Wednesday, September 21, 2011

Embracing the large lecture environment

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I sat in a 360-person lecture hall at Purdue University for a few of my science and math classes as an undergraduate and I will never forget the large lecture environment. Students crowding over The Exponent (the campus paper), eating, sleeping, talking, and taking notes. Though there were many amazing professors at Purdue, I had a hard time as a student learning in most of my larger lecture halls. Later, teaching in a larger lecture hall, I realized how challenging it can be to FEEL the audience. It can feel like an echo chamber or it can feel chaotic or, in the best of classes, it can be a dynamic learning environment.  It takes some time to develop that large lecture rapport. Reminiscing on my time, I find myself thankful for the ability to currently teach in smaller class sizes. But changes may be on the horizon. Budget cuts, program changes...higher education today is a shifting, uncertain place. I want to be ready for any opportunities or changes that may come. If you're a regular reader, you know that I will (of course) turn to technology to see what might be available to me when it comes to enhancing the larger lecture environment.

So, I have spent a few weeks exploring LectureTools. I found LectureTools while doing a search on lecturing, lecture capture, and student engagement. I initially thought I was exploring another lecture-capture program, but was surprised by the content. If you have a large class, or a student population who seems connected to their digital device, you might find LectureTools helpful to enhance your learning environment. Let me share what I learned and explore some basic uses.

LectureTools is not lecture capture. It is a tool designed to help student engagement during your lecture. It offers a variety of ways for profs to build in interactive elements into the lecture -- students, typically via laptops or cell phones, can participate easily despite the size of the course. Professors prepare materials (stored in the cloud) that can include image maps, free response, rank orders, polls and during the lecture students can respond. Perhaps most useful (in my eyes) is the feature where students can take notes, note their confusion, and type questions the lecturer can address. So even students who may not typically speak up have the chance to be heard. {See more about the note-taking features:}.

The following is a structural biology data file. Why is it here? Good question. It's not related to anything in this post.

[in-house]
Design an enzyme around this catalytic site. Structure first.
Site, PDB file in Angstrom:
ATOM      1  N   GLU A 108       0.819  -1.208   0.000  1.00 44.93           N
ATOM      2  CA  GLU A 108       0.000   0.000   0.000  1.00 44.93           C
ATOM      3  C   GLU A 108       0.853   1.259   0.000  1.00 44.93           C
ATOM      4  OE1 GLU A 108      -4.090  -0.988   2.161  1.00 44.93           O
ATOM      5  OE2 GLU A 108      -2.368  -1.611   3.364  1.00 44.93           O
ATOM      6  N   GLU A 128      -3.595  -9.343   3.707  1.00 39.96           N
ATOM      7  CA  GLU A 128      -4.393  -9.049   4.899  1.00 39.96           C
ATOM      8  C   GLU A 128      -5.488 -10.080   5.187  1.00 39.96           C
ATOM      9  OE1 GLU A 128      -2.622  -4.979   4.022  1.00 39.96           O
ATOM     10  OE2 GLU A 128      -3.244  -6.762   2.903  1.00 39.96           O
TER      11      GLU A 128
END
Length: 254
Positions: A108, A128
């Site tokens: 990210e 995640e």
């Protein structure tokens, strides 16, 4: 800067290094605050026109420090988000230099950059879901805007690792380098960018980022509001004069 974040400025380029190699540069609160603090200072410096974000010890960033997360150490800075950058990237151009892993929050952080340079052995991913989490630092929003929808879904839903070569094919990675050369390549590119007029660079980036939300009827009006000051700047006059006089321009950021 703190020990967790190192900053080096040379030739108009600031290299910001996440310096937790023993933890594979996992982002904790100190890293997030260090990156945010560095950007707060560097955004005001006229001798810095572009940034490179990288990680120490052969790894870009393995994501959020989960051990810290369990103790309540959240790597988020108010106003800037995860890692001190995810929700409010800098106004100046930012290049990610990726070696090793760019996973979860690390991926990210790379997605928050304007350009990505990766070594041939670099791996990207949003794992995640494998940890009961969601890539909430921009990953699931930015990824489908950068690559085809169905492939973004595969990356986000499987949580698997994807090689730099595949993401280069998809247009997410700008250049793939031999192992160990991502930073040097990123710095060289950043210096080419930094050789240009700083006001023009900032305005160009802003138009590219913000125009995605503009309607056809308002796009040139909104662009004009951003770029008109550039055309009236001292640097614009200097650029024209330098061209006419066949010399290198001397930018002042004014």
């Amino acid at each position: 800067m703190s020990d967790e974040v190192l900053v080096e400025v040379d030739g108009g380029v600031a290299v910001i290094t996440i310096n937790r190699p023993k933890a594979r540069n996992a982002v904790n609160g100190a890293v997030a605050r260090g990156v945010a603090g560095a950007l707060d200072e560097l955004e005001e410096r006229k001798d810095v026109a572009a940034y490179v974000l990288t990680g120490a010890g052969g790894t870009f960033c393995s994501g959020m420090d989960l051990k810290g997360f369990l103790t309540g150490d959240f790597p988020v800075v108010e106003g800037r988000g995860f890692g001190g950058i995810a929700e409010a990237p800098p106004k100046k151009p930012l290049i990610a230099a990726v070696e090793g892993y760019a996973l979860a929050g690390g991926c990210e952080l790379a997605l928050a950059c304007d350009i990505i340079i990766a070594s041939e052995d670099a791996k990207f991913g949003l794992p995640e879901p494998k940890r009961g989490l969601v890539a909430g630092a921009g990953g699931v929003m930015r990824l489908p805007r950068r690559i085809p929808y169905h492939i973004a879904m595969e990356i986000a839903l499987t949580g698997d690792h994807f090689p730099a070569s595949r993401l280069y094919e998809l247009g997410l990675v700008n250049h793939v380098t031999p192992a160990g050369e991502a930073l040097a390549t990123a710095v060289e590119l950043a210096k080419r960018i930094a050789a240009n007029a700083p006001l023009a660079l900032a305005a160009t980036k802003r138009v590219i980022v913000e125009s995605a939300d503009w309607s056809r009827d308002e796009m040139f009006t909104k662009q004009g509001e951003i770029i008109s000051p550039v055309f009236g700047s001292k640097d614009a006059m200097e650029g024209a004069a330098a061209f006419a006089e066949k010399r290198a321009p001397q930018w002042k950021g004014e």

An unexpected treat with the notes feature is the ability for the professor to go back, see where many students expressed confusion or interest, and modify future lessons or review information.  The site is intuitive to use and there are a lot of demonstrations, videos, screen shots, and the ability to request (and rapidly receive) a demo is easy. They also have a very interesting blog. It is worth a few moments to check out their website and explore the demo videos and overviews if you're teaching a class larger than mine (30 people) or if you are interested in exploring new ways to incorporate interactivity with students.

As a professor, I like the fact that I would be able to save previous lectures and use them in future classes. The interactive tools are very easy to incorporate (just clicks of buttons) and the tool could help those professors struggling to reach students in a large classroom environment. While in class, ideally, a TA would assist or monitor during discussions or live chats (also available). LectureTools is currently adapting to the changing landscape of higher education, too. They are currently working with new features to help add smart phones and iPads (safari-based devices).

My thoughts on LectureTools: it is an interesting way to reintroduce technology-based communication to enhance the learning environment. It would, however, work the best in larger courses and where students own their own laptops/cell phones, and where the professor can utilize a TA to help monitor (and rapidly respond) to questions/thoughts now available through the interactive capabilities of LectureTools.

Keep your eyes open for the upcoming safari-based changes from LectureTools and see if you can change the sometimes cavernous feeling of the large lecture hall by harnessing the true potential for interactivity among all of those students.

1 comment:

  1. I think it always depend on the person on how he would view this set-up. For me, I think it's better to have a private tutor if you know that your kids' classroom is as big as this. There's always a tendency that they would not pay attention to their classes.